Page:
On being a first mover
- One of the other things which I think was very important was, again, being willing to tread your own path. So we started off as a cruelty-free store. In January 2016, I decided we were going to go 100% vegan. And our customers have been asking us about this and I talked to a few suppliers and they said, “What are you doing? What are you possibly thinking of? This is a really stupid move people don't… This is such a tiny niche market. And I said, “No, it's the right thing to do.”
- It was one of the best moves we made because we are suddenly talking to an audience that was growing as Australia was the third-fastest growing market in the world for veganism.
- One of my values is be bold; you’ve got to be prepared to make some decisions which make you uncomfortable, but you need to be okay with being uncomfortable. So when we went vegan, we had to take a whole bunch of products off the site that were our best sellers. And if you look at that on the surface, you go, that's a stupid decision. But it's the absolute right, long-term decision.
- And we were really early to the market, we were a first-mover in everything we did. So we were first-mover with veganism, and we were first-mover with the eco piece, and the recycling programme. We just went, “We are just going to go first.” And that was very, very key to us. If you continually follow – and we have lots of people come after us who created stores who've tried to mimic what we've done – you're just following someone else's strategy. So chase down what you think is right for you and your business and follow your own destiny there.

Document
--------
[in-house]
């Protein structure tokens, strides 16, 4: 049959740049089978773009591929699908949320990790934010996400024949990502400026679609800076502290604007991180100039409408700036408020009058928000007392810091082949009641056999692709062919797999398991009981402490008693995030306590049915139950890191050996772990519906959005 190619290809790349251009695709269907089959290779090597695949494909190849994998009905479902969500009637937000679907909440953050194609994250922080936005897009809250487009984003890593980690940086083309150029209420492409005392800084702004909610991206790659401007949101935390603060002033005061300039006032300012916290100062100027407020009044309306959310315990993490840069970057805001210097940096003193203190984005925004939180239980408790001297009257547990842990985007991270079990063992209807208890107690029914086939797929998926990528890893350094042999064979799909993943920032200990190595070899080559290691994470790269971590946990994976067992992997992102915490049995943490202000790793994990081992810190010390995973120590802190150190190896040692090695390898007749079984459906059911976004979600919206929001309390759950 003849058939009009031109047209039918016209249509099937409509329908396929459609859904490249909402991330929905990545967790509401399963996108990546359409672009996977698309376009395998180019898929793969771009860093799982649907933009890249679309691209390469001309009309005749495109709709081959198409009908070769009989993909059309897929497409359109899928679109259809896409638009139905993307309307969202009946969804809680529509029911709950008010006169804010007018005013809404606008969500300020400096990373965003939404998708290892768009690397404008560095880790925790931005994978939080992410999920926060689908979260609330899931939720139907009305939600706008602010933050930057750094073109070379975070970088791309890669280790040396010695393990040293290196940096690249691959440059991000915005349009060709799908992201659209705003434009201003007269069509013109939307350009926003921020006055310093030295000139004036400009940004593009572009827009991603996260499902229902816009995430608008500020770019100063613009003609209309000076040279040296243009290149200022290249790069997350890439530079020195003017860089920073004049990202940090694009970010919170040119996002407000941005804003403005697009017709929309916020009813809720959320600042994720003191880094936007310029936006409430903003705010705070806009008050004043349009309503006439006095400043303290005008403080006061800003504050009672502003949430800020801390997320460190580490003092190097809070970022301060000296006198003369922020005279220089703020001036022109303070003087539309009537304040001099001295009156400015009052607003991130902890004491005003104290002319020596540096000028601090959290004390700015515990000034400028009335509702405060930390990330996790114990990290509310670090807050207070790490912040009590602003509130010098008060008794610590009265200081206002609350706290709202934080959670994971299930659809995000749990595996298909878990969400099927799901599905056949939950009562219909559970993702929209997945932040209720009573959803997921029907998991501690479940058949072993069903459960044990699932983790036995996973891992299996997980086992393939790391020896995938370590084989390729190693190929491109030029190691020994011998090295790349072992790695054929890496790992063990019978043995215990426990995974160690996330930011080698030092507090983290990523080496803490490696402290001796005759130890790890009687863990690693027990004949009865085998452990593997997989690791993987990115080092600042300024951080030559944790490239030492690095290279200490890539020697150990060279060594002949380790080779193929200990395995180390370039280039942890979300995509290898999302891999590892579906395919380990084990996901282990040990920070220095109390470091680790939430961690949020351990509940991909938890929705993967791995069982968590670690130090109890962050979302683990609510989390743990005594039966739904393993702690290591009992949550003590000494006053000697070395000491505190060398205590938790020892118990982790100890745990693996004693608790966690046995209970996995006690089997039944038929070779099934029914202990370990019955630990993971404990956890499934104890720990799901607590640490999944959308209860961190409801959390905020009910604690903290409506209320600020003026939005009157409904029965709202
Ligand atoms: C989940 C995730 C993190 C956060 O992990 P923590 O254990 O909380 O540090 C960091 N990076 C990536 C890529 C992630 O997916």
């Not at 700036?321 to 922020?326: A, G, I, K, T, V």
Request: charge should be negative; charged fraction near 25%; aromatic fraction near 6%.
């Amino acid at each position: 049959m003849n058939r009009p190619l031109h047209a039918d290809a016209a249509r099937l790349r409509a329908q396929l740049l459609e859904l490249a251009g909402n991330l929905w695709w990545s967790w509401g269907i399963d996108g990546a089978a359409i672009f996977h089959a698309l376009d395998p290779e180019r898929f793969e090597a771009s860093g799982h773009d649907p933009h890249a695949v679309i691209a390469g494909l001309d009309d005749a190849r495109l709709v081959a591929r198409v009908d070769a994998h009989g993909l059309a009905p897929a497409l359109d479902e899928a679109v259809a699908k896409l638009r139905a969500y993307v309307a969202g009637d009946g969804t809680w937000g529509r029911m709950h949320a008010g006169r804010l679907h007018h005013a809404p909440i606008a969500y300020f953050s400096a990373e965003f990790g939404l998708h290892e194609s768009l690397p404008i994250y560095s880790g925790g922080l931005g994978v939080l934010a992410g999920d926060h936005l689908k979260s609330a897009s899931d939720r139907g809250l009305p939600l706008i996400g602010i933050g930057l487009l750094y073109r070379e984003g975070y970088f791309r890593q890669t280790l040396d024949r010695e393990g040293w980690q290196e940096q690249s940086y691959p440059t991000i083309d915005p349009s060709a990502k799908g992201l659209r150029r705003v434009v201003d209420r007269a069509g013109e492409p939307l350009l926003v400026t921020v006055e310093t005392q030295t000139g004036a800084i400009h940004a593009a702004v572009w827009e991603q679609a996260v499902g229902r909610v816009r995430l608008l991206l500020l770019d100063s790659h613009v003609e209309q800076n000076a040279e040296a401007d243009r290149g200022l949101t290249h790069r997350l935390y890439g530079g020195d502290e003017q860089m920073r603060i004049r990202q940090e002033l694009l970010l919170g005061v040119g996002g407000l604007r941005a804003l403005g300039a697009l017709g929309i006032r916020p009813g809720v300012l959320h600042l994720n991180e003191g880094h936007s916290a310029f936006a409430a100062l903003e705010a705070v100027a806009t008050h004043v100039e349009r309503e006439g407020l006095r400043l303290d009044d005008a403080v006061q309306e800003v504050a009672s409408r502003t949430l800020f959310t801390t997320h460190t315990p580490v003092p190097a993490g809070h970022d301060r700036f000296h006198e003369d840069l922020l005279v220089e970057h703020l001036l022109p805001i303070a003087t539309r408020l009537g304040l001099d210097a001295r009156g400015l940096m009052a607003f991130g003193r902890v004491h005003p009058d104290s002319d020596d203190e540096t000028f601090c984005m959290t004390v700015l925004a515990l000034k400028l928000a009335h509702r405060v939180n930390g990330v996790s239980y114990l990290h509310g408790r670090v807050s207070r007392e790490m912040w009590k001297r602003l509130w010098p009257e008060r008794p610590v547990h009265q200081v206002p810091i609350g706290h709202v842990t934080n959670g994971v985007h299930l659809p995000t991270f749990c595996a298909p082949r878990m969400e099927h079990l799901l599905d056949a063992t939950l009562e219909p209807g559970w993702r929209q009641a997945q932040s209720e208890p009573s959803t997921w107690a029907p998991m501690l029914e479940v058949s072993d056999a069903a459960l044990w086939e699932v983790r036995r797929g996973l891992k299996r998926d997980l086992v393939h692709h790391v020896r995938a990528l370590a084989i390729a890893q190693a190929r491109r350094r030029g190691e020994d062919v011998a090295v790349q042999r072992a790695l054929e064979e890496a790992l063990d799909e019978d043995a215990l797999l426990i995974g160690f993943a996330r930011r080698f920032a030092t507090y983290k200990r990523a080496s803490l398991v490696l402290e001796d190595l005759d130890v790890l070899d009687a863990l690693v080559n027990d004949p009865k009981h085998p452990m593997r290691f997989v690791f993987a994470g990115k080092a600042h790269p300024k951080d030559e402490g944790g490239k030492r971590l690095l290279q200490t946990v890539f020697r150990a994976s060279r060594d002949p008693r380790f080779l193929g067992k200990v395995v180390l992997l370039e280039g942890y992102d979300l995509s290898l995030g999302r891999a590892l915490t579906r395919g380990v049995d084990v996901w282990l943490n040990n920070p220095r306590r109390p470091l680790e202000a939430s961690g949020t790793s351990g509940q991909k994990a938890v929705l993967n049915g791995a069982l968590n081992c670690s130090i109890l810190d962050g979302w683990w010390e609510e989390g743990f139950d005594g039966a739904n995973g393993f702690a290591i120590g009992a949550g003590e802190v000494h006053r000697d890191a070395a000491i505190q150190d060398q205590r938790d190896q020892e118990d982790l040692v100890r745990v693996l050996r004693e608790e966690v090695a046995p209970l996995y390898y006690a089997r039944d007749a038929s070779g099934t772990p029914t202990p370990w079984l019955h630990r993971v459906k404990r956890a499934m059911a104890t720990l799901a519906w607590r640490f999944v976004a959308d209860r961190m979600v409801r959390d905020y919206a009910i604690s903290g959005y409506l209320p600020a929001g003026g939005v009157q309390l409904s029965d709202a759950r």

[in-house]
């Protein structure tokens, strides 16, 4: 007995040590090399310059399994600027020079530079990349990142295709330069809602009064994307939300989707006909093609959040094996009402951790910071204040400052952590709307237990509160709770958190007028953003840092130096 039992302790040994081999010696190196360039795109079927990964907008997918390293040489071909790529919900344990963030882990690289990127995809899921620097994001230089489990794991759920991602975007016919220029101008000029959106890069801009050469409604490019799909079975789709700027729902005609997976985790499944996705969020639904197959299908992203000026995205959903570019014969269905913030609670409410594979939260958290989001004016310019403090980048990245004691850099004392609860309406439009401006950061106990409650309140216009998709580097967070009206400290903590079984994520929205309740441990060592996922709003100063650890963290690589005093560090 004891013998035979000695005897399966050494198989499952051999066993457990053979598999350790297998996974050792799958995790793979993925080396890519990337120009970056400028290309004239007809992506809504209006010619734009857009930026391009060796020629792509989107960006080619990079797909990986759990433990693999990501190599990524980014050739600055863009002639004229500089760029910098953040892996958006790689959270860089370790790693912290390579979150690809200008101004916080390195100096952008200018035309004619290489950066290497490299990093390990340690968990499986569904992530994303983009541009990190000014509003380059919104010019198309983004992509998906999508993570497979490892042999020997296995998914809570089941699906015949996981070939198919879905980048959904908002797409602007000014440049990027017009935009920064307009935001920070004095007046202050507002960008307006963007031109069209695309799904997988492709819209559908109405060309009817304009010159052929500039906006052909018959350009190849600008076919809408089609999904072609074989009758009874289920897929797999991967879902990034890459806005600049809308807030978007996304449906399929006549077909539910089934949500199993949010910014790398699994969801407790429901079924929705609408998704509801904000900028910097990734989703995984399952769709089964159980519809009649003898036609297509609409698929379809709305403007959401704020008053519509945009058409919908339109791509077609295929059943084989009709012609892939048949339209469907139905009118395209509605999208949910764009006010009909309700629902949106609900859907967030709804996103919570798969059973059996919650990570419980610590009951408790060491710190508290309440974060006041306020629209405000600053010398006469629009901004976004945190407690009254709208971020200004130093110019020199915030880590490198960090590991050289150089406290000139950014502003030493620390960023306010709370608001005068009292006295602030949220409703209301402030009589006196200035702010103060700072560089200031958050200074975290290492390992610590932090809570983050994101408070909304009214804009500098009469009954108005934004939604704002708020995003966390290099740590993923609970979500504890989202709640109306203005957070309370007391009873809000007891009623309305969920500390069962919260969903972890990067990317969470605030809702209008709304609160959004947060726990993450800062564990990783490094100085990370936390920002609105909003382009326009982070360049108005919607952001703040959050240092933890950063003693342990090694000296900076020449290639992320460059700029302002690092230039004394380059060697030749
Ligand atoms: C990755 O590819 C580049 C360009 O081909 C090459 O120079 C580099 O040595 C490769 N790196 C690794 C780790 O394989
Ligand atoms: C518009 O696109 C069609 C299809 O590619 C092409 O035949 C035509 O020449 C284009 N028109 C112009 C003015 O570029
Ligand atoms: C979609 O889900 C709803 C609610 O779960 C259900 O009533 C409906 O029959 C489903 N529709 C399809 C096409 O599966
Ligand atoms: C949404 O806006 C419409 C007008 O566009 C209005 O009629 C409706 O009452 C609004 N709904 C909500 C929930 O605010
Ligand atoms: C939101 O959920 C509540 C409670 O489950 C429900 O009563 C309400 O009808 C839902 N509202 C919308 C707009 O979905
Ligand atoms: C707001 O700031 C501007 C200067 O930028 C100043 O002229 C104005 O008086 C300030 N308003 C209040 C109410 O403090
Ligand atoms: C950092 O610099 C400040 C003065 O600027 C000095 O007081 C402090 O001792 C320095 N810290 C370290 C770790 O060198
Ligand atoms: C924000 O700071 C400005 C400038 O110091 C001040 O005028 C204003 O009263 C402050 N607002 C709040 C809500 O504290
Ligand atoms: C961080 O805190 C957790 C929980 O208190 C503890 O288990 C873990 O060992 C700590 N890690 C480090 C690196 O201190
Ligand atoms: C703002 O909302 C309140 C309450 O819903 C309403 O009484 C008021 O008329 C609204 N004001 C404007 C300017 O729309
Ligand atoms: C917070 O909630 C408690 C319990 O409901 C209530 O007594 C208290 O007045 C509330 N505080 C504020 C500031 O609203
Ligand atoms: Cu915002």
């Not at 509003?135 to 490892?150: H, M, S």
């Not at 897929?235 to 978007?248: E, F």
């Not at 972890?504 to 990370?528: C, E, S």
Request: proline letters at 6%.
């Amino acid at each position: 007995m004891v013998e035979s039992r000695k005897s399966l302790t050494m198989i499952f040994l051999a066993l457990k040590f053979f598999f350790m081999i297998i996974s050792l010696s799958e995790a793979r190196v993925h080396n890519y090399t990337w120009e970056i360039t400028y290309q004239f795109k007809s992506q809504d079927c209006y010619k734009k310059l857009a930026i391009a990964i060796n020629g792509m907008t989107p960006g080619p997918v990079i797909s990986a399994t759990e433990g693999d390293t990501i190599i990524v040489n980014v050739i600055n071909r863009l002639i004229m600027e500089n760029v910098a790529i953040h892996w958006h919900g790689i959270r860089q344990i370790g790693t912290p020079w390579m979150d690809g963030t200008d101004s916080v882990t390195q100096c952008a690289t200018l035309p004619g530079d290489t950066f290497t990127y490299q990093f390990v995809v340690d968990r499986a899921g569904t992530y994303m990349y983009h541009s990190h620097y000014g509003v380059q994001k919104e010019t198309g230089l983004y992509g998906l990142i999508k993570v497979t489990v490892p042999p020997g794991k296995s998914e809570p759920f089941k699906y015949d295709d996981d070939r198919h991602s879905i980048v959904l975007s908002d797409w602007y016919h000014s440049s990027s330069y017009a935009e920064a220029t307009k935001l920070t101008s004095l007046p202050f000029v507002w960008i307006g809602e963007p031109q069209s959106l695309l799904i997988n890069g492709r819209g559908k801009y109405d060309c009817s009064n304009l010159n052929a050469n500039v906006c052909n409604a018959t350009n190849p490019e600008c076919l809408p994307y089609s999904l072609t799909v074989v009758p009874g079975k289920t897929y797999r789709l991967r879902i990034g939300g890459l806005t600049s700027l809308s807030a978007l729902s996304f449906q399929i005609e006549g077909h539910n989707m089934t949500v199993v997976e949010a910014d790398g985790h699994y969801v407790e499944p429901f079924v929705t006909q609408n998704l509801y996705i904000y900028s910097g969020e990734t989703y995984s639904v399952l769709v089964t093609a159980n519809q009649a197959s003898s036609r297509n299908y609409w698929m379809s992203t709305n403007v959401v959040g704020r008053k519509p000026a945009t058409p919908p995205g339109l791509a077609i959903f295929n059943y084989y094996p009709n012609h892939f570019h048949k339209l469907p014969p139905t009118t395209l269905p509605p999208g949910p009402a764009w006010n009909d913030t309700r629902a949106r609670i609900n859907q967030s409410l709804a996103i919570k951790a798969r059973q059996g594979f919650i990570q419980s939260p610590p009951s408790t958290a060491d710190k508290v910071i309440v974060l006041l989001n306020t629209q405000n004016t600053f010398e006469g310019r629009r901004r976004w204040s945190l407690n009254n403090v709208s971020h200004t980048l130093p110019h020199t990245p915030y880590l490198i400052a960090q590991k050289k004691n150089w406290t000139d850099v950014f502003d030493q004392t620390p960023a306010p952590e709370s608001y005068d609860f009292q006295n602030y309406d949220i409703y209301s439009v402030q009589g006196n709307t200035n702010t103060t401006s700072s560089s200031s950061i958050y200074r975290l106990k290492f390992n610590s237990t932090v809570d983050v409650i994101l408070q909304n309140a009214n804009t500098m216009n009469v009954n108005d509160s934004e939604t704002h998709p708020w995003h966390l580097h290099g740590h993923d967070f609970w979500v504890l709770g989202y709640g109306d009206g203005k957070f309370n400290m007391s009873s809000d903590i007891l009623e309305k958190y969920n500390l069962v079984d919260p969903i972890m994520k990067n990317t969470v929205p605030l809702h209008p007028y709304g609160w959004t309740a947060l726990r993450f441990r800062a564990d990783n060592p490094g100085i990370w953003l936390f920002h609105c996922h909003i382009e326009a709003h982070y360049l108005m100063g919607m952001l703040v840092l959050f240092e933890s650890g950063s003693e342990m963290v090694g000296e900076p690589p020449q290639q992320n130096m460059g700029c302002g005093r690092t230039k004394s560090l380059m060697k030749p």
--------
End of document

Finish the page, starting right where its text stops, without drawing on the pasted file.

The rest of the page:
On the harsh realities of starting a business
- First of all, are you prepared to do the hard yards? So this is not something that you can do five days a week, nine to five. This will all encompass your every waking being. It's the first thing you think of in the morning, and it's the last thing you think of at night. Are you prepared for that? Are you prepared to work weekends? Are you prepared to sacrifice holidays and commitments? Because that's the reality of it.
- You've got to love it – at no point ever through F&F did I ever see it as work. However, the one time I did see it as work was when I sold it and worked for my new owner. I had said to them that if there is a culture that I love, I'm not going to go anywhere. And unfortunately, there wasn't and that was when I left.
On dealing with difficult employees or partners
- My approach with it all is to be super transparent. So if I feel that someone is going off the boil now, I have a very frank conversation with them. It’s not a performance review, it's just, “Where's your head at? Are you okay?” Because you don't know what's happening outside of work either as there's a lot going on for everyone.
- I don't let things fester. I think that's the worst thing you can do. You've got to deal with things very, very quickly. And if a decision needs to be made about letting someone go, you have to make that decision quickly, because I think too many people want to be liked and in your bid to want to be liked, you don't make the right decisions. And the outcomes are largely the same, but it just takes longer and things fester and then it starts impacting your culture.
Final message of wisdom and hope for future leaders
- You've got to be bold. You must put yourself out there. There is so much opportunity going forward, but put yourself out there. Be bold, don't tread the norm and be okay with that.